‘I was a guineapig,’ Joanna laughs. ‘They created a vacuum in me. It was an interesting experience, I was one with my body.’

Different wiring
One of the other works in PRIKKEL is the Rubber Hand Illusion, created by experimental psychologist and researcher at Utrecht University, Anouk Keizer. In neurological studies, she uses her creation in such a way that people confuse a rubber hand with their own hand. And then there are the kinetic sculptures by Roos van Geffen, seven mouths grinding their teeth (like the artist), which eventually disintegrate into dust. Designer Deanne Spek, who is on the autistic spectrum, sets up a lab in which she explains about processing stimuli and demonstrates some tools that may help. There’s also a film by Molly Palmer, showing that reality is made up of different layers and that neurodivergent people perceive things differently from non-neurodivergent people.
Boukje: ‘What is reality? Every second, millions of stimuli reach us but only nine of them will reach our conscious brain. There’s a very stringent selection taking place without us even knowing. So we say: that’s real because I can see it. But the wiring in other people’s brains may enable them to make a completely different selection. Who am I to say that what they are seeing isn’t real?’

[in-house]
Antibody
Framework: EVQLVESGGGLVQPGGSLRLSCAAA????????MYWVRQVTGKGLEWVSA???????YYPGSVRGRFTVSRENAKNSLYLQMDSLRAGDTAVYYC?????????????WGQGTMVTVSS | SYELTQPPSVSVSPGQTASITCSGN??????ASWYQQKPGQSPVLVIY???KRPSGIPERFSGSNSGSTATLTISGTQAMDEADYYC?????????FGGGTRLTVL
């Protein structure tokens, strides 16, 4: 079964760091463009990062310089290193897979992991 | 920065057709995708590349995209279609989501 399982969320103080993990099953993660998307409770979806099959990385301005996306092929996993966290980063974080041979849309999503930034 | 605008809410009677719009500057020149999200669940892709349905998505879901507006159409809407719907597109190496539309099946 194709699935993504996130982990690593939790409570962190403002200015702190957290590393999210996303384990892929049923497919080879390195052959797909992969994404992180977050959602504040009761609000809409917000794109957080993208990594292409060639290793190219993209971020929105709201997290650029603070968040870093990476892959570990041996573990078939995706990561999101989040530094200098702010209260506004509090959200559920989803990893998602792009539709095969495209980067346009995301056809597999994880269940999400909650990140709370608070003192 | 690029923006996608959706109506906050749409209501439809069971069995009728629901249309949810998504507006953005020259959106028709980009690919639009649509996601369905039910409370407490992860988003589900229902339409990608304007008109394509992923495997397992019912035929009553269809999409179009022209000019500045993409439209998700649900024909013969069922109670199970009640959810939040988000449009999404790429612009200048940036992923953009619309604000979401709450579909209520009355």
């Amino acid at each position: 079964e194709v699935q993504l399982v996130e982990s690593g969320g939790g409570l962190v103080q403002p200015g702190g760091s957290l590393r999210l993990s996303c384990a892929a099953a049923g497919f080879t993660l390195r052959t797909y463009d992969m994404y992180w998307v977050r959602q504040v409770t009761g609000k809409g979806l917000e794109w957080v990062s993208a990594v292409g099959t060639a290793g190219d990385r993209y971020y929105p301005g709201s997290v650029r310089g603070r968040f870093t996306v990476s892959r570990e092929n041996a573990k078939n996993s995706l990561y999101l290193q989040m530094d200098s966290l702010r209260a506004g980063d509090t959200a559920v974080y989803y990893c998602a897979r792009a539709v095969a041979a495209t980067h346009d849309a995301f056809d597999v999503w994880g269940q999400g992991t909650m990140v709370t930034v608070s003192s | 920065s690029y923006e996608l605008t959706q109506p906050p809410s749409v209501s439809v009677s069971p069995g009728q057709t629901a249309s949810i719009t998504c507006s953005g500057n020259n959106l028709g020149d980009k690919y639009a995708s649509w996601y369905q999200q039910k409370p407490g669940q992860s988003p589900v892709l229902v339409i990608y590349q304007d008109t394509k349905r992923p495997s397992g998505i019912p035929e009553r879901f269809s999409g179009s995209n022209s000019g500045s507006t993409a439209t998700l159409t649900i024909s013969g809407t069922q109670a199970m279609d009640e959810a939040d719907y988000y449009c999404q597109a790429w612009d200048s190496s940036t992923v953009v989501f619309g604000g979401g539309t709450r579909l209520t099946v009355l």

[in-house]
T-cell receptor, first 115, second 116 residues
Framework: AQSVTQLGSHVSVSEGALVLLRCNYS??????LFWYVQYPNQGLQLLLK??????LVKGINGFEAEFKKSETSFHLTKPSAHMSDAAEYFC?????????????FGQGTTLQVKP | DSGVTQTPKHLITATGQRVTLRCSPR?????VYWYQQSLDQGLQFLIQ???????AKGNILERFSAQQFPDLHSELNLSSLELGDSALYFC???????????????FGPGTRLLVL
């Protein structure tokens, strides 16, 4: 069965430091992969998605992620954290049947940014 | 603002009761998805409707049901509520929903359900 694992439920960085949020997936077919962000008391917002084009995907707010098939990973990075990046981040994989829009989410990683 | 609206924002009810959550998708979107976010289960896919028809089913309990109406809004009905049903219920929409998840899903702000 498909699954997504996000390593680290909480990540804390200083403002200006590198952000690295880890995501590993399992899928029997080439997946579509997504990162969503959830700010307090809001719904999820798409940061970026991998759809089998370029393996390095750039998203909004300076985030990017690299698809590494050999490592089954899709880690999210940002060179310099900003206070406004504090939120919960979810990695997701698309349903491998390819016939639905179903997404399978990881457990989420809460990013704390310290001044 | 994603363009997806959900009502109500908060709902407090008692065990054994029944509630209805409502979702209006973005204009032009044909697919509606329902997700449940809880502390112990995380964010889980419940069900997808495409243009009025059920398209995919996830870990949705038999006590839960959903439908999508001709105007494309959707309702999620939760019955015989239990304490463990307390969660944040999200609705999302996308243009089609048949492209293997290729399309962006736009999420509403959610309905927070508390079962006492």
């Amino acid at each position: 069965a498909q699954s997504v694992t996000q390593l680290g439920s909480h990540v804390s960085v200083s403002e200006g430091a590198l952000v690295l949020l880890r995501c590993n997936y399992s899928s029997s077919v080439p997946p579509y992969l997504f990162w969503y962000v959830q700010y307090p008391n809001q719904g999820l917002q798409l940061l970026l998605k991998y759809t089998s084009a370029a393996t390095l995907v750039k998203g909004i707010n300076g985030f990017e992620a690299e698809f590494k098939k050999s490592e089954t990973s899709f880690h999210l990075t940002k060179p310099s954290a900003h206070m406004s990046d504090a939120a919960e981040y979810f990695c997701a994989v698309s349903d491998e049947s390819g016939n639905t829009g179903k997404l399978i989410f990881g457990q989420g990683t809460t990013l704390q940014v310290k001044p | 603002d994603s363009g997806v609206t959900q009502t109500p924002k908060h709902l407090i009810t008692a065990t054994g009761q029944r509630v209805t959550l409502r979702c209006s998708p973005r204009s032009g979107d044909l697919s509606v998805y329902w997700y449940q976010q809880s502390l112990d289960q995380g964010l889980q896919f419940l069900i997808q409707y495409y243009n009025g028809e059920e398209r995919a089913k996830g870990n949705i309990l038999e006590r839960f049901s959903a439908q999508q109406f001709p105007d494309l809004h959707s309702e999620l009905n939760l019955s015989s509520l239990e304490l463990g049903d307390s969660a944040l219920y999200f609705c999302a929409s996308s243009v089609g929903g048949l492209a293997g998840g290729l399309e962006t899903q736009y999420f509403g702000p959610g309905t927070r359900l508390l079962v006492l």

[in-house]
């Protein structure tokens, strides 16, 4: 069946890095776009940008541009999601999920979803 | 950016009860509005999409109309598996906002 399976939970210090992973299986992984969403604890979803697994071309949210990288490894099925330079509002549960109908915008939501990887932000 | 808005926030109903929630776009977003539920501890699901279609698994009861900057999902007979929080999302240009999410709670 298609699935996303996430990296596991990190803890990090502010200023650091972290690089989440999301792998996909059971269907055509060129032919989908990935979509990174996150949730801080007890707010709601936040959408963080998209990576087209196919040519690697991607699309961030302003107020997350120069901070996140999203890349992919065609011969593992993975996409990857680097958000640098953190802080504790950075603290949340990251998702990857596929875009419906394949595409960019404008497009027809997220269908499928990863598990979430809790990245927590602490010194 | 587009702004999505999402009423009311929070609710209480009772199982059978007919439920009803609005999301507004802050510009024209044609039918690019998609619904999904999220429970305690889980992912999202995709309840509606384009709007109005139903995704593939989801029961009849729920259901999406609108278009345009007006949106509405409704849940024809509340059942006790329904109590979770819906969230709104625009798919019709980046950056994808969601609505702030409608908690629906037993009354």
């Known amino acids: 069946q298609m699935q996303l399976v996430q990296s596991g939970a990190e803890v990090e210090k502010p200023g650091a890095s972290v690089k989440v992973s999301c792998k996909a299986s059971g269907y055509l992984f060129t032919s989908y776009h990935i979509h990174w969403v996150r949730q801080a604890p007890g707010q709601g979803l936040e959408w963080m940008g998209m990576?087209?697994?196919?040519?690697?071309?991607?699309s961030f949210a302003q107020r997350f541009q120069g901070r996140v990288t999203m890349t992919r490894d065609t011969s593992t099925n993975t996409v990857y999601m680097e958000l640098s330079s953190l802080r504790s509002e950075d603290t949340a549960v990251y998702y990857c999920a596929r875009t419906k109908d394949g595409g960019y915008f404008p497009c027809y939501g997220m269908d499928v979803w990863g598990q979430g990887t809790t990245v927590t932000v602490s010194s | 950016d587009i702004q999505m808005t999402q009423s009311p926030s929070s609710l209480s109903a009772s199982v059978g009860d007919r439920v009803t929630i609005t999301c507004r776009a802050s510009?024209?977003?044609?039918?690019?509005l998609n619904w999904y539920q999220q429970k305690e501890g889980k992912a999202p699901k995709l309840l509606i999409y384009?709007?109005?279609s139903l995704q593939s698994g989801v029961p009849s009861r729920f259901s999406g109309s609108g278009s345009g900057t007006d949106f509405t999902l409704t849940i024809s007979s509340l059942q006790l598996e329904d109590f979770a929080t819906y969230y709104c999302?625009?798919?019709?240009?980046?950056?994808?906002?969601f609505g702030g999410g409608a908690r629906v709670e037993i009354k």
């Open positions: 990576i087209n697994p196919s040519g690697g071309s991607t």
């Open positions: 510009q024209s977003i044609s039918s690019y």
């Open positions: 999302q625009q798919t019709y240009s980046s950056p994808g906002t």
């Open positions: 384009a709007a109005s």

The idea is that all the different perspectives in the exhibition will push back our current boundaries, says Joanna. ‘This is just the tip of the iceberg, a chance to see what other people’s reality looks like. A chance to stress the fun side of neurodiversity. It would be pretty boring if we were all the same! Seeing the world in an original way generates some wonderful art. Art that questions your own perception and invites you to look at things differently.’

Critical note
But there is definitely room for a critical note, Joanna adds. ‘Why have we organised society in a way that’s pulling the carpet out from underneath our feet? Is it your fault that can’t keep up, or the fault of the current pressure to perform?’ So does PRIKKEL have an undertone of activism? Joanna: ‘We certainly want to ask questions and probe. Take the work by Margriet van Breevoort, for example. She made a totem using piles of brick-shaped people. Super-efficient: when I grow up, I want to be a handy, stackable person. Ha-ha! Sure it’s funny, but it’s also a monstrosity. You can see it as an indictment if you want.’

Boukje: ‘The exhibition is also about feeling empathy for people who function differently – something that’s important in our increasingly polarised world. Let’s engage more with neurodivergent people instead of making fun of them.’

Opens 6 October 2023, Buitenplaats Doornburgh


Buitenplaats Doornburgh

Doornburgh is a creative place for arts and science. This historical place exists since the 17th century.